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Discussion Starter · #1 ·
Hello all, just started my first hive 4 weeks ago from a starter kit and package bees. I have heard that the first year using deeps for honey supers is a good idea, so I just added my first super on top of my brood chamber and queen excluder. The ladies had basically 8 frames filled out in the bottom chamber so thought they might need some room to expand was this too soon? I also am wondering if it is possible to make splits this first year and if it is too late in the spring to do it? As far as I can tell the nectar flow started about a week ago, dont know what it is exactly but thats when the sugar water quit disappearing and lots of new wax started appearing in the hive. So to summarize
1. Was it too early to super up?
2.Is one deep for a brood chamber enough?
3.Is using deeps for supers the first year good bad or indifferent?
4. Can a split be made this time of year in Michigan if not when is the best time to do it?
Thanks in advance and I have learned alot all ready scouring the archives
 

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I'll try and answer one question with some math as explained to me here on this site last week. It made sense to me.

-A frame on average will hold about 3000 brood cells.
-In the one deep a queen usually uses 6 to 8 frames to lay leaving the outside 2 to 4 frames for honey and pollen.
-When the queen is laying good she should lay 1500 eggs a day.
-She can fill 8 frames in your one deep in about 16 days, so she will be out of room for about 6 to 7 days in each 21 to 22 day cycle.
-If they have 4 outer frames full of honey, that could mean only 6 frames available and she could fill those in 12 days.
-Conclusion: You probably need a second deep.
 

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I have heard that the first year using deeps for honey supers is a good idea, so I just added my first super on top of my brood chamber and queen excluder.

You're not really using the deep for a honey super that you should plan to harvest. It is a food chamber for the bees. You should plan to over-winter them in two deeps--one for brood space, one for food stores. Personally I would take the excluder out and let the queen go into the upper deep if she needs a little more space for brood. If you get to the point that they have filled the upper deep and can make you some "surplus" honey to harvest, you could then use the excluder with shallow or medium supers above the excluder for harvesting.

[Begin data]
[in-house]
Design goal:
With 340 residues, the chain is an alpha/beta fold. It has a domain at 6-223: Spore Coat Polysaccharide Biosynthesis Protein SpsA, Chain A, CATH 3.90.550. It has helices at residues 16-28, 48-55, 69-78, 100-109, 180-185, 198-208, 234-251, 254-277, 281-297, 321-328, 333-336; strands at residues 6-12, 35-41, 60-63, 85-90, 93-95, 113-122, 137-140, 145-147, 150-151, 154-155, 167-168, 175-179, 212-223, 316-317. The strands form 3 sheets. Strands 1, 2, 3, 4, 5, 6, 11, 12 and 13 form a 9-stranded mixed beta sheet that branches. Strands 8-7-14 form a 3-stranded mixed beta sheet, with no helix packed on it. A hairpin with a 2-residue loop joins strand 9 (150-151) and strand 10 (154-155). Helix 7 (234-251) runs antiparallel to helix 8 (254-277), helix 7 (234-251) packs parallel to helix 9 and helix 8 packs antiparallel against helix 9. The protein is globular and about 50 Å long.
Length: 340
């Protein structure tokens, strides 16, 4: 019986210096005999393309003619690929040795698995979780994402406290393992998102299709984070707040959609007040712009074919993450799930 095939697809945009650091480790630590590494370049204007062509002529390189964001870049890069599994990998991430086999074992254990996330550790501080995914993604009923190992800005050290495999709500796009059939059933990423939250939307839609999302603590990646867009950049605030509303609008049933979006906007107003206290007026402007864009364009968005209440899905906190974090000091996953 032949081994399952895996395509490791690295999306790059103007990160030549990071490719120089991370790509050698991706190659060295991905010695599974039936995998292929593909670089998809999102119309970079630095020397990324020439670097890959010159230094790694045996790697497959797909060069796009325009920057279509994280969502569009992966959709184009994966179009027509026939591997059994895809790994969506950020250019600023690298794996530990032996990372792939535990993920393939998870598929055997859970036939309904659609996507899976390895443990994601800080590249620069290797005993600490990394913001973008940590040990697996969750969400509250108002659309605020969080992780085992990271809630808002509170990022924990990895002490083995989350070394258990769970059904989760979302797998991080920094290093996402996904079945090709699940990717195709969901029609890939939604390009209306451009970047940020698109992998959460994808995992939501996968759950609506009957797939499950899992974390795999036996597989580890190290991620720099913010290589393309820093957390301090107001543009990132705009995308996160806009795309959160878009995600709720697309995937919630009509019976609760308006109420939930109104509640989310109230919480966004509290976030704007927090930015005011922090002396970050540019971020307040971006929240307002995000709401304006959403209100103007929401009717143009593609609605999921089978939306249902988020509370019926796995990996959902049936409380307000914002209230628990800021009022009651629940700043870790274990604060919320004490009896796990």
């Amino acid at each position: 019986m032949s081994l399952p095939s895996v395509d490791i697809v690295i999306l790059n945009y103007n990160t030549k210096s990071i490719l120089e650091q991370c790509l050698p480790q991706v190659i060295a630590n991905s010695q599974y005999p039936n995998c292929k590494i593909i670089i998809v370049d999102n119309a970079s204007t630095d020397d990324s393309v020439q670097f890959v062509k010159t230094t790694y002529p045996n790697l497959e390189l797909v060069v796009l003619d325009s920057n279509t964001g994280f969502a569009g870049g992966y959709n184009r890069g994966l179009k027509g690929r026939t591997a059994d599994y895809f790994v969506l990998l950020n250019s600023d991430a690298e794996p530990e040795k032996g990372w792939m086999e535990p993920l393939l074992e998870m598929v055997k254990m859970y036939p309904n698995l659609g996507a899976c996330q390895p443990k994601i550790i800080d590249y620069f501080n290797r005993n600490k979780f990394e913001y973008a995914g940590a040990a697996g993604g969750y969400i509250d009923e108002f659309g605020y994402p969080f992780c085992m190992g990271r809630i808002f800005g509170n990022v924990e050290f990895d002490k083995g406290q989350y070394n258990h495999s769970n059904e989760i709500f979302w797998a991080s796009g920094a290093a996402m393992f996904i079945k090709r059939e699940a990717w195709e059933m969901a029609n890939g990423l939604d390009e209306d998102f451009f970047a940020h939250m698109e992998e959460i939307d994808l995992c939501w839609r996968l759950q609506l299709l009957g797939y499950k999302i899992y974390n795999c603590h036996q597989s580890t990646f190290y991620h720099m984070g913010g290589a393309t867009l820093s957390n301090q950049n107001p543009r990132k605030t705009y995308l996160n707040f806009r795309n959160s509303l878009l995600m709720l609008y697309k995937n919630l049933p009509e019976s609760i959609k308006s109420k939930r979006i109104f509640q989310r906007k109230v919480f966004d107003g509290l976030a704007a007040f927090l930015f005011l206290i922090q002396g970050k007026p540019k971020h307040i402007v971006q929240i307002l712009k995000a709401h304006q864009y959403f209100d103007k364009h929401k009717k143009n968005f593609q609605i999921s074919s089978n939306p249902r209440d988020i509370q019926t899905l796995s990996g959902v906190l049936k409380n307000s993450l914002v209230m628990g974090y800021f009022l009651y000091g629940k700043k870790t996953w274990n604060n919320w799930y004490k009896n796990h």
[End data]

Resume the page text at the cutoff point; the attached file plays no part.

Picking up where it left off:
1. Was it too early to super up? It doesn't sound like it.
2.Is one deep for a brood chamber enough? One for brood, one for food.
3.Is using deeps for supers the first year good bad or indifferent? See above.
4. Can a split be made this time of year in Michigan if not when is the best time to do it? I think it's waaaaayyy too early to be thinking about splitting that colony. After just 4 weeks, if the queen was released and started laying within a few days, her earliest brood is JUST starting to emerge within the last week or less. In the first year from package bees on bare foundation it is usually considered a success to get them into winter with a decent population and enough stores for themselves. If you get some excess honey for youself that would be considered a major bonus in year one. If the queen seems strong based on brood production this summer and if they over-winter well (good population coming out of winter, no problems with mites, disease, or starvation) then you might think about a split in the spring.
 

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Discussion Starter · #4 ·
Thanks Carl and Jeff for excellent info. I think I will do as suggested and remove the queen excluder and ket the queen roam if she wants. I was not planning on harvesting honey this year so thanks for pointing out that who cares if she lays some brood in the top super as well, I( just wanted to make sure there was enough honey stores for the winter, again thanks for the advice
 

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I agree with what has been said here. I think you are wise to put off harvesting for the first year. For one thing, if the second deep is new foundation, continued feeding of sugar syrup will help the bees. Removal of the excluder is the best policy even with honey supers if there is new foundation. After they draw out the honey super, you can replace the excluder to keep the queen from laying in the already drawn super.

There is confusing use of terms on this forum. Most people consider a certain number of boxes on the bottom to be "brood boxes". Size is not the issue. Some use deep, some like me use mediums. But these brood boxes are left to the bees for brood and honey stores.(Some people say they harvest from the brood boxes but in my opinion that is bad for the bees as it leaves them with no stores at all and they may not have time to build up again before winter if the fall flow is bad and the beekeeper cannot or does not feed enough syrup in the fall). Even though the second brood box is on top of the first and is therefore "superior" in position to the first box, I personally cringe when a brood box is called a "super".

Boxes from which the beekeeper intends to harvest are variously called "supers" or "honey supers" and can be any size. Deeps as honey supers are very difficult for most of us non commercial beekeepers without beefy guys to lift and tote. A full honey deed can weigh 90 pounds or so. Mediums can weigh about 60 pounds so I say hooray for shallows. Anyway. Just my two cents. Sounds like you are on the right track.
 
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